Clyde woke several seconds before the alarm began to chirp. The lights slowly brightened the gray, cement walled room and he pressed the off button on the alarm. He rose, washed, and dressed in his worn work-clothes, all in the space of the eight foot by eight foot apartment. He ate his allotment of morning carbohydrates standing up over the sink, then brushed his teeth with peach-flavored toothpaste. He checked the time, then left hurriedly and joined his co-workers in the hall, on their way to the staircase. They walked down five stories in single file. On the ground floor was the airlock. The hallway wall was lined with rows of rebreather masks. Clyde picked up his assigned mask, donned it, checked the filter and pressure gauge (looking out of habit at the large overhead sign that read 'Have you checked your filter and pressure gauge?'), and then lined up to enter the airlock. He shivered in his clothes and secretly hoped for a new set to arrive soon.
Through the clear interior and airlock doors, Clyde saw the outer brille door, made of smokey, reinforced glass, roll up--light poured in, silhouetting all the figures ahead of him. He closed his eyes at the brightness. There was a subtle warmth that penetrated his eyelids and he smiled. Each worker progressed through the airlock one-by-one and soon it was his turn. He waited for the airlock door to seal shut, and the chamber to flood with fresh air, then opened the interior door and stepped into the chamber. He wrapped his coat tightly around himself, bracing for the chill of winter air. The outer door unlocked--he pushed it open and stepped out. A warm breeze passed through the weave of his clothes. Fluffy pink pollen floated on the air in dense waves.
"Spring," he said quietly, behind the silent safety of the rebreather.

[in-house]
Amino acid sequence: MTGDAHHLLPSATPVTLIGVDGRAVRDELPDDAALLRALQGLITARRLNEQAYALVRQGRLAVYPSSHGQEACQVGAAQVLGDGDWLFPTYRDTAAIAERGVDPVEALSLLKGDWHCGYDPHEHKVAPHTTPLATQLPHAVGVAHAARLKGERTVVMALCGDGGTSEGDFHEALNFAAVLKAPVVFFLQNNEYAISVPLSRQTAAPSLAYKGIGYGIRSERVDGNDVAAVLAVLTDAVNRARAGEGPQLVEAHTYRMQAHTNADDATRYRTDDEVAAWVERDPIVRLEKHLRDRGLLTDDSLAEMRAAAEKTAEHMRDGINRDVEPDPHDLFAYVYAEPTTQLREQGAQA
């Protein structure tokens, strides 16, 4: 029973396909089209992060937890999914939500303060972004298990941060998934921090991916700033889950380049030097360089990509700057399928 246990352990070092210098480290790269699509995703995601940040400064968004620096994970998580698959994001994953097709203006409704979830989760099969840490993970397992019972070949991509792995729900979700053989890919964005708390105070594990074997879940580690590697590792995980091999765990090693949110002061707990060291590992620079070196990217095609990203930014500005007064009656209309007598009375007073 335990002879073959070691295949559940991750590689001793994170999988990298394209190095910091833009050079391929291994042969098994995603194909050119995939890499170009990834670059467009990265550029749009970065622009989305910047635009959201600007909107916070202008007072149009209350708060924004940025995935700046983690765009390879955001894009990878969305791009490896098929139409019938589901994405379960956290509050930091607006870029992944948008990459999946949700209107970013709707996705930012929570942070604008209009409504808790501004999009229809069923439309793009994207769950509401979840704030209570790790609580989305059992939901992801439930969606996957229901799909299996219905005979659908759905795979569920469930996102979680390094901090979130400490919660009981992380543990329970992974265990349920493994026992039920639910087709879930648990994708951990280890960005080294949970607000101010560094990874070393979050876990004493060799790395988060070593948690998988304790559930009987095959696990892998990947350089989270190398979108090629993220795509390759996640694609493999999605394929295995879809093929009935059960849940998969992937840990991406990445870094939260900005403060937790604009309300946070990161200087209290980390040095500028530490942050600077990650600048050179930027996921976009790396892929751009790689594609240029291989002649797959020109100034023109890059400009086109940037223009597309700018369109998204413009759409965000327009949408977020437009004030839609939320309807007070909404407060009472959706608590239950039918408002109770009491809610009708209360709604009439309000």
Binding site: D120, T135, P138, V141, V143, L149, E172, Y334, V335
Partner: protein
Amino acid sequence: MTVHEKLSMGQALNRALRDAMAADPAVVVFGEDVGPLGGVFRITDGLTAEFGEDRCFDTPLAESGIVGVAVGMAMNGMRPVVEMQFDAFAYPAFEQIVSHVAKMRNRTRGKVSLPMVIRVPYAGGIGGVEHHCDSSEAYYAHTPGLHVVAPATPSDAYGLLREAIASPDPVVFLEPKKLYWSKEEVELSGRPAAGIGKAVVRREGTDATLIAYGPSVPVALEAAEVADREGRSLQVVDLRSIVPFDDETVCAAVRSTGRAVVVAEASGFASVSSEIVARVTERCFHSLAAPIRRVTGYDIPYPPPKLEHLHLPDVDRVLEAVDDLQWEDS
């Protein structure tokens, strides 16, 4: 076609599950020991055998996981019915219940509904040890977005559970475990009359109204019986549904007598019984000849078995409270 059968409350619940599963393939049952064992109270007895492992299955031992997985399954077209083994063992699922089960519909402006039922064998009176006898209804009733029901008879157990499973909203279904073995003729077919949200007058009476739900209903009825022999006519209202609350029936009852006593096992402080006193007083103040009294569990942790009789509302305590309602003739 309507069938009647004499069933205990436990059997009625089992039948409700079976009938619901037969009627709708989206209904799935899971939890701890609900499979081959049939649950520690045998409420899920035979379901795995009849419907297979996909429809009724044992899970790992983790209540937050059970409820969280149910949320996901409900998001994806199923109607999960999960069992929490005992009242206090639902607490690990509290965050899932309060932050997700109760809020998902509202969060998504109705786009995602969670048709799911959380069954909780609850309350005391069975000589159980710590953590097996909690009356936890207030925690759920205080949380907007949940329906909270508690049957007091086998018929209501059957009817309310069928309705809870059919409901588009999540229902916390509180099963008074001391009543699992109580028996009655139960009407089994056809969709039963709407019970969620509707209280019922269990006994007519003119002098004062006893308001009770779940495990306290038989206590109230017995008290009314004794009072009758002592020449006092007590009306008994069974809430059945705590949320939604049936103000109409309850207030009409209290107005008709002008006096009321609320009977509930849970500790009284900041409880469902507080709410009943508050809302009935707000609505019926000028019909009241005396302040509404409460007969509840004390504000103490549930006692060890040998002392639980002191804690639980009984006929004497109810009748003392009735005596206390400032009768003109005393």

He looked up into the air, watching the pollen clump and dance. Someone bumped into him from behind, grabbing his elbow, motioning him forward. The others got annoyed when he broke the line. He saw the face through the mask, his own that also belonged to one of his drone brothers, another Clyde.
He ran up to him, grinning, finding the other Clyde's hand. He yelled "It's spring!" through the mask, hoping some of the sound would carry, or at least the shapes his lips made.
"We have to work," mouthed the other Clyde, shaking his hand free and continuing onward. Clyde followed at a slower pace, walking to the side of the column of workers and receiving furtive glances.
Eventually he arrived at the worksite and greeted his partner Dan who was similarly dressed but flagrantly wore facial hair. Clyde admired his rebelliousness, although many of the Dans chose to wear beards. He often wondered who the first Dan was. Dan nodded a brief acknowledgement. They set to work. It was Clyde's job to shovel crushed rocks into the hopper. The machine churned and masticated the rocks into a paste. Dan controlled the nozzle that laid down the foaming cement into the waiting form blocks. Week-by-week new apartments and storage units accreted into buildings. More room made for more drones. The colony was growing at the expected pace.
They worked for eight hours straight. Clyde's mind fuzzed and blurred; the rocks he shovelled barely held his attention. Dan had to turn the machine off before Clyde realized that their shift was over. Dan patted him on the shoulder. Dan left and joined the column walking back. Clyde lingered in the room they were working on. He watched the others leave until there was no one but him. The light was dimming. He looked at the sky through the missing ceiling. Clumps of fluff dotted a purple sky. Night was near. Spring.
A thought invaded him, pressing from the inside out, demanding and urgent, and before he could countermand it, he slid his rebreather off. Shocked at having broken the quarantine of the mask, he held his breath tightly. Putting the rebreather back on wouldn't help. He was doomed. He exhaled in short bursts, then his lungs cried for air and he sucked it in. It was warm and fresh and deeply fragrant. He puzzled at the smell, then realized it was methane. He laughed, then laid down on the floor he'd shovelled and ground up just yesterday.
He marvelled at the changing sky with eyes not hidden behind a layer of plastic, until he felt a tightness in his chest. He sat up and coughed and realized the consequences of his folly. The fluff was harmless, so they said, but the micro grains would always get you. The pain grew and he moaned.
"I've always wanted to do that!" he yelled out, smiling through the waves of pain. He began to cough up blood. He fell on his back, and began to feel the thrall of a seizure. He choked on his blood, and watched the stars come out.